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Population Dynamics of Kenya Table 4-2B Cumulated Births per 1,000 Women by Age Group, KFS 1978   Time Preceding Survey (years) Age at KFS 0 5 10 15 20 25 30 15–19 345             20–24 1,843 404           25–29 3,741 1,937 474         30–34 5,576 3,935 2,083 513       35–39 6,828 5,426 3,715 1,865 486     40–44 7,551 6,522 4,992 3,205 1,591 382   45–49 7,898 7,283 6,145 4,563 2,986 1,429 317 Table 4-2C Cumulated Births per 1,000 Women by Time Period, KFS 1978   Time Preceding Survey (years) Age at KFS 0–4a 5–9 10–14 15–19 30–34 5,218       35–39 6,620 5,420     40–44 7,649 6,950 5,677   45–49 8,264 8,088 7,259 5,074 Extrapolated to         45–49 8,264 8,703 9,012 8,409 Adjusted 7,910 8,053 8,120 7,836 a Small undercount because no births recorded for women currently 10–14. Table 4-2D Births per 1,000 Women by Age Group and Time Period: Observed and Model   Time Preceding Survey (years) Age at KFS Source 0–4 5–9 10–14 15–19 Total Births 30–34 Observed 1,641 1,852 1,570 479 5,576   Model 1,693 1,823 1,551 499   35–39 Observed 1,402 1,711 1,850 1,379 6,828   Model 1,387 1,653 1,778 1,513   40–44 Observed 1,029 1,530 1,787 1,614 7,551   Model 946 1,342 1,598 1,721   45–49 Observed 615 1,138 1,582 1,577 7,898   Model 344 947 1,342 1,599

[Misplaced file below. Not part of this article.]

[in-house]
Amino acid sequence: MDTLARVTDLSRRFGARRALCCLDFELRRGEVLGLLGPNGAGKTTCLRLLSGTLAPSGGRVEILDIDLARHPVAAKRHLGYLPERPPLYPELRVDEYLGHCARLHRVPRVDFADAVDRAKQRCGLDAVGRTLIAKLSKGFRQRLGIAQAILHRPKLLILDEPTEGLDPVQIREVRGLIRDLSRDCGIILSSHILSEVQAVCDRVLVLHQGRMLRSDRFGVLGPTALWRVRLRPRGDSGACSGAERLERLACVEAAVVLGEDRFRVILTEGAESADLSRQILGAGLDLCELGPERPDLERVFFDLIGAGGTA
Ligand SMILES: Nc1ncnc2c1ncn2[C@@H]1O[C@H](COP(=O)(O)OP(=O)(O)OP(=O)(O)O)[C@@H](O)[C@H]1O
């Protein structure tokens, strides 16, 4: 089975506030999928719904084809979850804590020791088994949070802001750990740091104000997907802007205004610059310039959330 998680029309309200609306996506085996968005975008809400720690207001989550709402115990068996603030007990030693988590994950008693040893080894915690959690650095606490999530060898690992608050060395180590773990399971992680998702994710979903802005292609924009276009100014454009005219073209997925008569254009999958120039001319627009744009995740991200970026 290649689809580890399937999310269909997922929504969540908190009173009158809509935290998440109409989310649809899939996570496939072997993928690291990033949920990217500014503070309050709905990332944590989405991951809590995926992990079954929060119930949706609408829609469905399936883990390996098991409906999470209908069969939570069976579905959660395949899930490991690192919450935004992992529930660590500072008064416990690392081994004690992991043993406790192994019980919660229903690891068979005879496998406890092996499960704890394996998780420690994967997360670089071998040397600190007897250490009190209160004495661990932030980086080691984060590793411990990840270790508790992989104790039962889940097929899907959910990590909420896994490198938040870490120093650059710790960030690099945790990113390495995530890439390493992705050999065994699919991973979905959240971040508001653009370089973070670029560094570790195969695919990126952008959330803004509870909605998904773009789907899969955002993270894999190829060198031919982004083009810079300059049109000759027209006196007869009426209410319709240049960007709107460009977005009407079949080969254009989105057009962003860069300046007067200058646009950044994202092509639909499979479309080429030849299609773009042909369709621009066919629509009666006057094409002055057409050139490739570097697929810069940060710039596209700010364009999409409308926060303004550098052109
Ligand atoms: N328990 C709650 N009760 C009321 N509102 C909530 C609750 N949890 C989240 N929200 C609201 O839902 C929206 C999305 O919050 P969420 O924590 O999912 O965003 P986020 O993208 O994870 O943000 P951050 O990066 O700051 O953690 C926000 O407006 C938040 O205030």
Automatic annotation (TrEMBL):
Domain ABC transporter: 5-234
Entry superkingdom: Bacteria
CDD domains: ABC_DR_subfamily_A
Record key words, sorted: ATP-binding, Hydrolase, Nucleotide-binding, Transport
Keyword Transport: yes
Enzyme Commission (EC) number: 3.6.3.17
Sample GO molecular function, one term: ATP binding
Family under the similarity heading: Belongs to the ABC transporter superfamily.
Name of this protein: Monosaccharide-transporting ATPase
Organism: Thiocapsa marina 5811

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Population Dynamics of Kenya older cohorts (when comparing along the diagonals in Table 4-2B). The variation is relatively slight up to the 35–39 age cohort, but sharp for the two oldest groups of women. Thus, for fertility up to age 30–34, 37 percent (2,083 divided by 5,576) was reported as before age 20–24 for the 30–34 age cohort, but only 31 percent (1,429 divided by 4,563) for the 45–49 age cohort. This difference might occur because of a move to earlier childbearing, but it seems unlikely and there is no evidence for it. A more convincing explanation (particularly since the same feature has occurred in several birth history surveys of populations with a low literacy level) is recording error in which the births are located too near the present time. Corrections are made by fitting the observations for cohorts aged 30–34 and 35–39 years by the relational Gompertz model (Brass, 1981). The two parameters of the model distribution are taken as rounded averages over the two cohorts. The observed age-specific rates for the two oldest cohorts are then replaced by the values from the model distribution, with their sums constrained to equal the observed cohort totals. As can be seen from Table 4-2D, the model values for the 30–34 and 35–39 cohorts are fairly close to the observed birth rates. Therefore, only the distributions for the two oldest cohorts have been adjusted. The total fertilities (to age 45–49 years), extrapolated from the adjusted measures in the same way as for the observed measures, are also given in Table 4-2C. The fluctuation in total fertility over the 20 years 1958–1977 has now largely disappeared, leaving a roughly constant level of about 8 children per woman for that period. Similar exercises allowing for systematic changes in the distribution of fertility by age of woman have been carried out. The estimates differ in detail, but the general conclusions are the same. An alternative explanation of the time displacement of births in the reports of older women is age error. Perhaps, these women were on average younger than the recorded age span, and hence the cumulated fertilities were to earlier points of the reproductive period than specified. However, the bias would have to be very large, with women in the 45–49 years age group really about 3 years younger than reported relative to the 30–34 age group. Moving the average ages to bring the locations of the cohort time-period birth distributions into agreement would not bring them into near coincidence because those for the cohorts under age 40 have a more peaked shape than those for the older women. Nor, of course, would the time-period total fertilities be much changed, leaving the trend anomalies unexplained. Thus, the time-period shift seems to be much the most plausible explanation although there may easily be a contribution from systematic age biases. Tables 4-3A, 4-3B, and 4-3C present the fertility measures from the KDHS maternity histories in the same form as Tables 4-2A to 4-2D for the KFS. Thus, the age-specific birth rates for cohorts and time periods are in